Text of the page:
Office Hours

Should Congress prevent station 'blackouts' in contract disputes?

If you're one of the thousands of area TV households that are blacked-out because of the dispute between Northwest Broadcasting Inc. and DIRECTV, here's one option: contact Congress.

The dispute led to a full FOX network blackout for about 170,000 households who use DIRECTV in five TV markets to watch Spokane's KAYU and other stations.

Nearly every year some provider, like Comcast, Time Warner, Dish Network or DIRECTV engages in a  stare-down with a broadcast company over retransmission payments. That's the negotiated price carriers like DIRECTV pay to broadcasters like Northwest Broadcasting for providing that station's programs to subscribers.

The American Television Alliance, based in D.C., has advocated for viewer protection by suggesting Congress or the FCC should set rules over retransmission disputes. Its website includes a link where concerned viewers can email Congress. It's here or http://www.americantelevisionalliance.org/whats-the-issue/ if you need to cut and paste.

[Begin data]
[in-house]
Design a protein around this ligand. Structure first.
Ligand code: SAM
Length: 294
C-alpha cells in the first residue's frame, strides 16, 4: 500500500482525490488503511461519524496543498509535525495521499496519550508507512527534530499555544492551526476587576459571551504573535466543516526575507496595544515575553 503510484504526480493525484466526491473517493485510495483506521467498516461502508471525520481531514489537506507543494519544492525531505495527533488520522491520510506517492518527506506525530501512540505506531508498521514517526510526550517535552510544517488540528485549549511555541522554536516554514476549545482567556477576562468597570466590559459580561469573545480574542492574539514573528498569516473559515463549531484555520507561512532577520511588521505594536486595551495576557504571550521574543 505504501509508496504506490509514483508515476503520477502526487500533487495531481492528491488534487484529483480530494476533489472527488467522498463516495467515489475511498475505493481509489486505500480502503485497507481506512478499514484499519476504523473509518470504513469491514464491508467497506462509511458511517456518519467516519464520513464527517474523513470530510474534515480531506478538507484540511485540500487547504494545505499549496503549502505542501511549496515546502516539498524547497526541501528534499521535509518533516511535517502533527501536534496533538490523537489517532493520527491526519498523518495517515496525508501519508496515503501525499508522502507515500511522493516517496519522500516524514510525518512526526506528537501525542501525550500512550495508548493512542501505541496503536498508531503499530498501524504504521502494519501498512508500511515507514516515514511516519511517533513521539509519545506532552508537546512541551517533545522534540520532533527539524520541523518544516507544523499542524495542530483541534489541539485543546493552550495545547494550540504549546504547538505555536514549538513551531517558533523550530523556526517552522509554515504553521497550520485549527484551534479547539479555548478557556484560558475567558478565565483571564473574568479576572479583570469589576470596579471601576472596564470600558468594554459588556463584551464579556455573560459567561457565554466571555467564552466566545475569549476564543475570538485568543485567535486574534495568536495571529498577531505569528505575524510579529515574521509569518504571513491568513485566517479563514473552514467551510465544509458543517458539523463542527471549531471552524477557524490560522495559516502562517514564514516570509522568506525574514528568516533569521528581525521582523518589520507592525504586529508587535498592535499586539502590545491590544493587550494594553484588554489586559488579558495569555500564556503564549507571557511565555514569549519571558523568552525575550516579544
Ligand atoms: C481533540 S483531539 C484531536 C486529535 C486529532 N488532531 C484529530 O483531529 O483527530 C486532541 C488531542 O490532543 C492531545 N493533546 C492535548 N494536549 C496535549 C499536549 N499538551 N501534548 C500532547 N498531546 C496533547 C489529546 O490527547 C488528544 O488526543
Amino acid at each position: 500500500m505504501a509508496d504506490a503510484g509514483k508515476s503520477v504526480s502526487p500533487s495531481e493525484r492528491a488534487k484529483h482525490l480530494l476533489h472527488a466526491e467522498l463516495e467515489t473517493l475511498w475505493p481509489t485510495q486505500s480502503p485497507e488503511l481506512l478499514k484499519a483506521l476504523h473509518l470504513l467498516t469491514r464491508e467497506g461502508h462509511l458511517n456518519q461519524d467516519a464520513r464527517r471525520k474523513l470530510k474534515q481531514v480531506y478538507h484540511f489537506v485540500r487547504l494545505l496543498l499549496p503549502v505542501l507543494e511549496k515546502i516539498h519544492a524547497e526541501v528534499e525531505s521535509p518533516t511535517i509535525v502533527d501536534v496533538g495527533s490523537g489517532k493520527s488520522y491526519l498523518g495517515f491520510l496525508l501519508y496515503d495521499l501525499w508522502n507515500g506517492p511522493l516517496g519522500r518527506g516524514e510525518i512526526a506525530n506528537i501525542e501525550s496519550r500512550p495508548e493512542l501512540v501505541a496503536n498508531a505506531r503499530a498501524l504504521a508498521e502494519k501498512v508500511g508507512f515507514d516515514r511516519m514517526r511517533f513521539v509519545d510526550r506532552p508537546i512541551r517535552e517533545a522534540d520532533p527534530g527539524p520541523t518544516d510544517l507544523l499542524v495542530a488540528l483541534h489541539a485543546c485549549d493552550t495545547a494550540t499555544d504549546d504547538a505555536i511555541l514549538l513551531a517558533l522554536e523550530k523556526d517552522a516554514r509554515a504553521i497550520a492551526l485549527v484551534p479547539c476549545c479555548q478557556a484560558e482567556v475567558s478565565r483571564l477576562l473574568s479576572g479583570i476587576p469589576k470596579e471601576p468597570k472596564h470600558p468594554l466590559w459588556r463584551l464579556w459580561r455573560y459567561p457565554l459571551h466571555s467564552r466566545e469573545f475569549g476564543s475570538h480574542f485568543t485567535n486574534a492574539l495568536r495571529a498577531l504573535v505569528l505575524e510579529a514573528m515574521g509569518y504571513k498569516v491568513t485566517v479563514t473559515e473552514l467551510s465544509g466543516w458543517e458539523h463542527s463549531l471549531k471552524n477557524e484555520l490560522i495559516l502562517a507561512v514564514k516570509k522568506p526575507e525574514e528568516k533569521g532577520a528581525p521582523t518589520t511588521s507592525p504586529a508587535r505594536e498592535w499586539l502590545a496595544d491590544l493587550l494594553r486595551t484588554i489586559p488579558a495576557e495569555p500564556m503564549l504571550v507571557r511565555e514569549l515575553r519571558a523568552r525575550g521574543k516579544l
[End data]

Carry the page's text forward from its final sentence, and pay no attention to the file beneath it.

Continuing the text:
The next question: Do you want Congress involved in broadcast disputes? There are a range of answers; and the one we think is acceptable is: No.

We don't want federal intervention other than requiring stations to carry those signals while a contract dispute lingers.

But also, there needs to be some time limit on that mandated continued coverage. If it's an open-ended requirement that no broadcasts can be shut down during a dispute, it's certain that some contract impasses will linger longer than they now do.

Is there a better idea out there?  Let's hear your suggestions....




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Tom Sowa
Tom Sowa covers technology, retail and economic development and writes the Office Hours blog.




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